New Resources - Standard Rotations: Developmental and Behavioral Pediatrics

  

Developmental Pediatrics 

Section Contributor: Cathy Scheiner MD 

References: Developmental Screening/Clinical evaluation of the child with developmental delay 

  1. Identifying Infants and Young Children With Developmental Disorders in the Medical Home: An Algorithm for Developmental Surveillance and Screening. Pediatrics Vol. 118 No. 1 July 1, 2006;  405 -420 http://pediatrics.aappublications.org/content/118/1/405.full 

 

Brief Description of Resource: The AAP developed an algorithm for developmental surveillance and developmental screening to improve the identification of these children. In this 2006 policy statement they recommend developmental surveillance at all well child visits and formal screening at 9, 18 and 30 month visits, including the administration of an autism specific screening tool at 18 months.(PC1, 5; MK1; PBL 3; SBP 1) 

 

  1. Screening for Speech and Language Delay in Preschool Children: Systematic Evidence Review for the US Preventive Services Task Force. Pediatrics Vol. 117 No. 2 February 1, 2006; e298-e319 
    http://pediatrics.aappublications.org/content/117/2/e298.full 

 

Brief Description of Resource: The US Preventative Services Task Force (USPSTF) reviewed studies between 1996 and 2004 of speech and language screening. .(PC1, 5; MK1; PBL 3; SBP 1) 

 

 

  1. Motor Delays: Early Identification and Evaluation. Pediatrics Vol. 131 No. 6 June 1, 2013, e2016-2027 http://pediatrics.aappublications.org/content/131/6/e2016.full.pdf+html 

 

Brief Description of Resource: AAP clinical report to identify children with motor delays. It includes an algorithm for surveillance and screening. Describes a diagnostic approach to children with motor delays. .(PC1, 5; MK1; PBL 3; SBP 1) 

 

 

On line learning opportunities: Developmental Screening: 

  1. Developmental Screening Tool Kit for Primary Care Providers. http://www.developmentalscreening.org/ 

Brief description of resources: This site is for primary care providers considering or planning to start screening children for developmental needs using a validated tool. (PC1, 5; MK1; PBL 3; SBP 1)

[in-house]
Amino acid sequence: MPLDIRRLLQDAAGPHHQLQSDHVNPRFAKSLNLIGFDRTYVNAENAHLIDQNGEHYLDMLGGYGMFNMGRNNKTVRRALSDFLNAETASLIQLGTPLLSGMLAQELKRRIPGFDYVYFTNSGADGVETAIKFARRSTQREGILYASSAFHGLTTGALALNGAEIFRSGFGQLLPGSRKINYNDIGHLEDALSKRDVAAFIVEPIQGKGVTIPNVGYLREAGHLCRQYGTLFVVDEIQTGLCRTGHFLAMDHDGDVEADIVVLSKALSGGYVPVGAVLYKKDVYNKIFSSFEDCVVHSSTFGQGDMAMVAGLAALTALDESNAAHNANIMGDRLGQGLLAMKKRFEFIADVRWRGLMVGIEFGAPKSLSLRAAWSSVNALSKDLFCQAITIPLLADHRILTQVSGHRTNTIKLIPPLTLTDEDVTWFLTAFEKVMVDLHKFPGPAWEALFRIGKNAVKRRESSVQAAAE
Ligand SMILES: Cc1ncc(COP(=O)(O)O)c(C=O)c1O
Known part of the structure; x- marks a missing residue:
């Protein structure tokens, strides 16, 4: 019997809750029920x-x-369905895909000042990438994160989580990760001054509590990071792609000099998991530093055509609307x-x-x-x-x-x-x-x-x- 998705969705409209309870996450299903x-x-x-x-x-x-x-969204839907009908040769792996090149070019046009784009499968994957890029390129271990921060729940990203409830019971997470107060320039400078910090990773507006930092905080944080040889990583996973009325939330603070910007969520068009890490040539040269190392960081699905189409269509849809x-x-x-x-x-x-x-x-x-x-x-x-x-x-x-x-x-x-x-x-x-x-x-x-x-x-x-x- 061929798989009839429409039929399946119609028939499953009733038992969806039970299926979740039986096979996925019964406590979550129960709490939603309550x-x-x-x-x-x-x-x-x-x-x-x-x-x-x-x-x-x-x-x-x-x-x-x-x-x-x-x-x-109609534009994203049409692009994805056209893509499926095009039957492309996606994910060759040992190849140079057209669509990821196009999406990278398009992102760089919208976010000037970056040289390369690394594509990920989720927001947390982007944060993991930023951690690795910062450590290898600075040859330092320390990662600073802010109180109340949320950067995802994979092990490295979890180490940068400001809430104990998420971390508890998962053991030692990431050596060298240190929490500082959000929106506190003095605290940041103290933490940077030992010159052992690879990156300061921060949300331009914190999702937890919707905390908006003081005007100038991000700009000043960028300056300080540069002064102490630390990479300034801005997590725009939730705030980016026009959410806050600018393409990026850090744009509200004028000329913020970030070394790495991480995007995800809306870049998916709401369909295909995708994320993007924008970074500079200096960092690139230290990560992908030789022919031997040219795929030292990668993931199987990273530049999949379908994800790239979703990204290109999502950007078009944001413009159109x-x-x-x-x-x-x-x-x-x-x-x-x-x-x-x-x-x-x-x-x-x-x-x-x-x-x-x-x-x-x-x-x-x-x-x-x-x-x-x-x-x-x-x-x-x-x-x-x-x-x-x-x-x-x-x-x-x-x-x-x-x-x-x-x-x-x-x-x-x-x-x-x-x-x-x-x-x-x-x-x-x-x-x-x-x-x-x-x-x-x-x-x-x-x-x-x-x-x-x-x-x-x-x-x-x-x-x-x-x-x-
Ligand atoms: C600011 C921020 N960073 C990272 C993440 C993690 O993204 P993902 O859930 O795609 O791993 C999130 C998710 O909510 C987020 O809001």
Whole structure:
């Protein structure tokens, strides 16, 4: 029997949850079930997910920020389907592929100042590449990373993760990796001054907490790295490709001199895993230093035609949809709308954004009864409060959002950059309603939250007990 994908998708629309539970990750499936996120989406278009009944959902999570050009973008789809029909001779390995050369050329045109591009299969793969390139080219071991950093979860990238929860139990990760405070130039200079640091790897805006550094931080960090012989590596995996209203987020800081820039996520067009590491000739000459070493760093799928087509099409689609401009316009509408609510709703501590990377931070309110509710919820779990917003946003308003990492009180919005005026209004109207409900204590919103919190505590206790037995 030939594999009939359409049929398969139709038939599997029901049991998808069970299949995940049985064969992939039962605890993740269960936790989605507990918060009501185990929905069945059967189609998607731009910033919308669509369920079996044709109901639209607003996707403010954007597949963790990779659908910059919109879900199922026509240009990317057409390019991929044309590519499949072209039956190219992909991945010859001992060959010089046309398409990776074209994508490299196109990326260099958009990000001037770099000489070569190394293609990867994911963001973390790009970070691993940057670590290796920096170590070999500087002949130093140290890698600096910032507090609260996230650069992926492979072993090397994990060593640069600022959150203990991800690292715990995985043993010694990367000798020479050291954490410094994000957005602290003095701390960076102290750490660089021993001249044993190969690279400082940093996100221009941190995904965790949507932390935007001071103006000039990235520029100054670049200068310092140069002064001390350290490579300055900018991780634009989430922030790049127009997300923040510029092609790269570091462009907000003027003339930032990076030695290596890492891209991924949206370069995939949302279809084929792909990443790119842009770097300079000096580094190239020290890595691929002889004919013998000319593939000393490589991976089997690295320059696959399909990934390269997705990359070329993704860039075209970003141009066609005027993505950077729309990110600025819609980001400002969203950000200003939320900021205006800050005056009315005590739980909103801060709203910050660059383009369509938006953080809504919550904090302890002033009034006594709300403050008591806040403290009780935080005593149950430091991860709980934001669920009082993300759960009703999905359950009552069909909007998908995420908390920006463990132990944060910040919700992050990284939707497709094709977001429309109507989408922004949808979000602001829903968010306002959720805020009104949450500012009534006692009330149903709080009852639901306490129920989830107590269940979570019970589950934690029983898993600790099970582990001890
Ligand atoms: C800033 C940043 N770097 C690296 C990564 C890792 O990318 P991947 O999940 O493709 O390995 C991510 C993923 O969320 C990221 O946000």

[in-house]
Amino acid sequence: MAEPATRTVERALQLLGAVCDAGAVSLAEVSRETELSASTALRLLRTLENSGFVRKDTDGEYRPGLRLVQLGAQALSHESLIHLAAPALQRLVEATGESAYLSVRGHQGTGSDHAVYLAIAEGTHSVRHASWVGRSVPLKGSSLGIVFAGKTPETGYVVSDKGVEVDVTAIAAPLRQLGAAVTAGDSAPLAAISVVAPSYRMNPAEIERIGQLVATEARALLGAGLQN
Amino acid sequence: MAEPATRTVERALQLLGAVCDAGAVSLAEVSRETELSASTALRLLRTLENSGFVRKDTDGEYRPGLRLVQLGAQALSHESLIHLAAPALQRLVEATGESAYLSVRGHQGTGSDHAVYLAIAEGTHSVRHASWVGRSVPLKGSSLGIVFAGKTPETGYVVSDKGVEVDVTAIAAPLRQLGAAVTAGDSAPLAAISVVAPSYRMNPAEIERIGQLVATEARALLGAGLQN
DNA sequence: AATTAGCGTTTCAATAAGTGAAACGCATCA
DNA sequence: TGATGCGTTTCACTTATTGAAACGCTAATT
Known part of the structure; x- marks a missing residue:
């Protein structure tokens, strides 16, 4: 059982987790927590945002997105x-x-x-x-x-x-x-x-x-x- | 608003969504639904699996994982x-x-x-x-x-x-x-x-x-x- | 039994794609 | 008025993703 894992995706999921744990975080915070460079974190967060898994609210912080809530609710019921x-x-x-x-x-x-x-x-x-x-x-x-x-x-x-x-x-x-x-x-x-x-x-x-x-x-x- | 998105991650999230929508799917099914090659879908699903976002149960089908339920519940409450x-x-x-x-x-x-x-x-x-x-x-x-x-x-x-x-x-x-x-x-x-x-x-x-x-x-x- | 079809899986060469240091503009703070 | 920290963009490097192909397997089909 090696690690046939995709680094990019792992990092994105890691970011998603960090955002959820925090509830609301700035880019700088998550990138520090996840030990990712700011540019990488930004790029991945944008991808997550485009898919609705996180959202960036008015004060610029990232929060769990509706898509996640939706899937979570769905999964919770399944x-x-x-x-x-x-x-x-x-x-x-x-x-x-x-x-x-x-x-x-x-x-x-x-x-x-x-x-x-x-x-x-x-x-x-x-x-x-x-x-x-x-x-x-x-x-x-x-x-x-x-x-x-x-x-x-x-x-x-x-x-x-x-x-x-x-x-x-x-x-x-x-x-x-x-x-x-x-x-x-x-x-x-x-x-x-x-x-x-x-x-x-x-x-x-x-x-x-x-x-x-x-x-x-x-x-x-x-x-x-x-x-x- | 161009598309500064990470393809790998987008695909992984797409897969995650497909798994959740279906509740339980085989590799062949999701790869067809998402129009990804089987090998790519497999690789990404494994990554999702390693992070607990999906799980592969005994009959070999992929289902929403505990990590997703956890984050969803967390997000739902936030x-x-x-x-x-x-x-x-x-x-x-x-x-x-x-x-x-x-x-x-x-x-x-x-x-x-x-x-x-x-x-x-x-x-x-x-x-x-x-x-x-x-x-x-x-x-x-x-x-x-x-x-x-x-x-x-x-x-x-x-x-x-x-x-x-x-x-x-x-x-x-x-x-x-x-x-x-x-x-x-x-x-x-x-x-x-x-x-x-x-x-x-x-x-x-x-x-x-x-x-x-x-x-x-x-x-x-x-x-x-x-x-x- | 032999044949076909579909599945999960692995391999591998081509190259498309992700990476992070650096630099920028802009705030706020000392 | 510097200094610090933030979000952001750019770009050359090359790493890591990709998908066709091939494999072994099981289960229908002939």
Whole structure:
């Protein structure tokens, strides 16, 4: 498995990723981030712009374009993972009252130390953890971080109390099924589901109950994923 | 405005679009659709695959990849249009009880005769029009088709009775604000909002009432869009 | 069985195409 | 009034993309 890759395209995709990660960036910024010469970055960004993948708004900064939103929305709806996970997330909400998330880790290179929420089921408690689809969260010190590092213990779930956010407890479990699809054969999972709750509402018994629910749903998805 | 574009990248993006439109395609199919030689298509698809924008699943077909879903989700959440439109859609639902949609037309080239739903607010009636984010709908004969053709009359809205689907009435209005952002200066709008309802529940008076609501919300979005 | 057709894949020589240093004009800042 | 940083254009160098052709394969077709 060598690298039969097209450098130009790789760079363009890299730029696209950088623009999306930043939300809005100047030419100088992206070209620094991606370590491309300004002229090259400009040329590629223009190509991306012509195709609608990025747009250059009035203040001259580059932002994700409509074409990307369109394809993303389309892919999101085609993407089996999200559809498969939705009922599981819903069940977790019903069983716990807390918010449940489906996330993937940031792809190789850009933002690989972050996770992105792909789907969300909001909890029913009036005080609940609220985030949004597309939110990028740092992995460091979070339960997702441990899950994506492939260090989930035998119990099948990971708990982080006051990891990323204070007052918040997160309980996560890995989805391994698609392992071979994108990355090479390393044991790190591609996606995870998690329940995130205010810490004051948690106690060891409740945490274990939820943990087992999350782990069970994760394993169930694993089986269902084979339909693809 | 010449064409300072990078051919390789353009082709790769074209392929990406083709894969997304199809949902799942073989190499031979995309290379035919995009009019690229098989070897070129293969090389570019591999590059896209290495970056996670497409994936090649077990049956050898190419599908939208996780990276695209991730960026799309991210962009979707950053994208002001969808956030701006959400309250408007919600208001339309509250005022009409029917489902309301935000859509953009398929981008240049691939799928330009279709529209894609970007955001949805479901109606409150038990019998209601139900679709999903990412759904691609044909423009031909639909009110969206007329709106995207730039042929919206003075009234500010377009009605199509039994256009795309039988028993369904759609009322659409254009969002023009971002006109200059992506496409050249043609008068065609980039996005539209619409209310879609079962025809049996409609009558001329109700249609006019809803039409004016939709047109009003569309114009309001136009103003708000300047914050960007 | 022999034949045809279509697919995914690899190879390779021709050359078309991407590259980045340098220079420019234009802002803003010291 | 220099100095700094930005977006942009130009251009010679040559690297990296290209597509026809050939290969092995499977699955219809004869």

1. AAP Section on Developmental Screening and Assessment. http://www2.aap.org/sections/dbpeds/screening.asp 

Brief description of resources. This Web page provides materials to support improvement in developmental and behavioral screening, surveillance, and identification of disabilities. (PC1, 5; MK1; PBL 3; SBP 1) 

 

 

 

Brief description of resources: Understand the pediatricians role in screening, diagnosing and managing/referring children with developmental delay 

  1. Developmental Surveillance: The American Academy of Pediatrics (AAP) encourages pediatricians to assume an active role in caring for children with developmental delay and disabilities. Part of this role is to identify developmental delay in children between birth and three years of age, in the primary care setting. The AAP has developed an algorithm for developmental surveillance and developmental screening to improve the identification of these children. In their 2006 policy statement they recommend developmental surveillance at all well child visits and formal screening at 9, 18 and 30 month visits, including the administration of an autism specific screening tool at 18 months. The AAP autism expert panel also recommended an autism specific screening tool at 24 months. In 2006 the AAP published a clinical report on the identification and evaluation of children with autism spectrum disorders, in which a surveillance and screening algorithm for autism is published. This clinical report builds upon the principals of the AAP 2006 policy statement.  

  1. Speech and language delay is the most common form of developmental delay. Approximately 15% of children at 24 months and 5%-8% of preschool children may meet criteria for speech and language delay, which often persists into the school age years and is associated with lower academic performance. The US Preventative Services Task Force (USPSTF) reviewed studies between 1996 and 2004 of speech and language screening. In their recommendation statement they concluded that there is insufficient data to recommend formal screening instruments in primary care to detect speech and language delay in children up to 5 years of age. Their review discusses the potential advantages (e.g. increased awareness of a childs development) and disadvantages (e.g. increased caregiver stress) of the screening process.   This recommendation is not inconsistent with the AAP recommendation on developmental screening, which endorses the use of broad developmental screening instruments.    

  1. Motor delays: In 2013 the AAP published a clinical report to identify children with motor delays. It includes an algorithm for surveillance and screening. The report recommends formal screening at 9, 18, 30 and 48 month well child visits. It describes a diagnostic approach to children with motor delay including key components of the history and the physical examination, neuroimaging and laboratory testing as well as management using a medical home model of care.